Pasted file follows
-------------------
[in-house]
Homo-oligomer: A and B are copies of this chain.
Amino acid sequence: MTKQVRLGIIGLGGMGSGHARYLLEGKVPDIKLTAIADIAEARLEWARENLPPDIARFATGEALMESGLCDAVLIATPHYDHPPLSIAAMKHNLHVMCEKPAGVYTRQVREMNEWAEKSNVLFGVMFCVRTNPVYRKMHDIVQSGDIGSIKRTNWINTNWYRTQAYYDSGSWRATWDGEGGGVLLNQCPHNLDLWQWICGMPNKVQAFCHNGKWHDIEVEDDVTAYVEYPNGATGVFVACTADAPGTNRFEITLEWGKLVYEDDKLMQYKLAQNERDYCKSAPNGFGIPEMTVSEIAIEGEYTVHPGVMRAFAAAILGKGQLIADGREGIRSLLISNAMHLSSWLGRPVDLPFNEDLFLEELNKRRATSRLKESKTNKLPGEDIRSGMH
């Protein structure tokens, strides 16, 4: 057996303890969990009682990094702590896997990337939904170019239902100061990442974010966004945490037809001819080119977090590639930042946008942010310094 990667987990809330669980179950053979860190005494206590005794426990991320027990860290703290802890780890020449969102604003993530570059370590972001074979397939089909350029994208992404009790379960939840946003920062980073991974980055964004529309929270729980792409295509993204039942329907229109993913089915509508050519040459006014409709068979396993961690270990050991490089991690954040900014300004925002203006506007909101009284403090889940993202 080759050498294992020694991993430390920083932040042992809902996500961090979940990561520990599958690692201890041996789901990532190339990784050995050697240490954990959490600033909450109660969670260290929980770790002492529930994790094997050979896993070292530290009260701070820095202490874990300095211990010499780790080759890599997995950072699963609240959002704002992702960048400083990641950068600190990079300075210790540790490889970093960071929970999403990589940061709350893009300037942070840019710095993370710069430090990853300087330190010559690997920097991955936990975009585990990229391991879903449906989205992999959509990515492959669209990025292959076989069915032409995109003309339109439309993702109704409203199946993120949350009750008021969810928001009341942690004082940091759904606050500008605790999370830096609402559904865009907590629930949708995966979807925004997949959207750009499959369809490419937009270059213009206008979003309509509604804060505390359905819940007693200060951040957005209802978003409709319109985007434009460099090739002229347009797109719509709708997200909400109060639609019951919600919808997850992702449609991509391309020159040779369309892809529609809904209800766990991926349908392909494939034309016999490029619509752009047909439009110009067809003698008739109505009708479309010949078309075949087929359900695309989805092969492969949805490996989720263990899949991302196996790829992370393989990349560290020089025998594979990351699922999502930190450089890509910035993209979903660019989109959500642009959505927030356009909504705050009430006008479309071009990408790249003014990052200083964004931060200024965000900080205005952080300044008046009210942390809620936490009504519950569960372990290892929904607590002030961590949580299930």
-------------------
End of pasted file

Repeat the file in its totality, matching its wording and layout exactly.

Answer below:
[in-house]
Homo-oligomer: A and B are copies of this chain.
Amino acid sequence: MTKQVRLGIIGLGGMGSGHARYLLEGKVPDIKLTAIADIAEARLEWARENLPPDIARFATGEALMESGLCDAVLIATPHYDHPPLSIAAMKHNLHVMCEKPAGVYTRQVREMNEWAEKSNVLFGVMFCVRTNPVYRKMHDIVQSGDIGSIKRTNWINTNWYRTQAYYDSGSWRATWDGEGGGVLLNQCPHNLDLWQWICGMPNKVQAFCHNGKWHDIEVEDDVTAYVEYPNGATGVFVACTADAPGTNRFEITLEWGKLVYEDDKLMQYKLAQNERDYCKSAPNGFGIPEMTVSEIAIEGEYTVHPGVMRAFAAAILGKGQLIADGREGIRSLLISNAMHLSSWLGRPVDLPFNEDLFLEELNKRRATSRLKESKTNKLPGEDIRSGMH
């Protein structure tokens, strides 16, 4: 057996303890969990009682990094702590896997990337939904170019239902100061990442974010966004945490037809001819080119977090590639930042946008942010310094 990667987990809330669980179950053979860190005494206590005794426990991320027990860290703290802890780890020449969102604003993530570059370590972001074979397939089909350029994208992404009790379960939840946003920062980073991974980055964004529309929270729980792409295509993204039942329907229109993913089915509508050519040459006014409709068979396993961690270990050991490089991690954040900014300004925002203006506007909101009284403090889940993202 080759050498294992020694991993430390920083932040042992809902996500961090979940990561520990599958690692201890041996789901990532190339990784050995050697240490954990959490600033909450109660969670260290929980770790002492529930994790094997050979896993070292530290009260701070820095202490874990300095211990010499780790080759890599997995950072699963609240959002704002992702960048400083990641950068600190990079300075210790540790490889970093960071929970999403990589940061709350893009300037942070840019710095993370710069430090990853300087330190010559690997920097991955936990975009585990990229391991879903449906989205992999959509990515492959669209990025292959076989069915032409995109003309339109439309993702109704409203199946993120949350009750008021969810928001009341942690004082940091759904606050500008605790999370830096609402559904865009907590629930949708995966979807925004997949959207750009499959369809490419937009270059213009206008979003309509509604804060505390359905819940007693200060951040957005209802978003409709319109985007434009460099090739002229347009797109719509709708997200909400109060639609019951919600919808997850992702449609991509391309020159040779369309892809529609809904209800766990991926349908392909494939034309016999490029619509752009047909439009110009067809003698008739109505009708479309010949078309075949087929359900695309989805092969492969949805490996989720263990899949991302196996790829992370393989990349560290020089025998594979990351699922999502930190450089890509910035993209979903660019989109959500642009959505927030356009909504705050009430006008479309071009990408790249003014990052200083964004931060200024965000900080205005952080300044008046009210942390809620936490009504519950569960372990290892929904607590002030961590949580299930």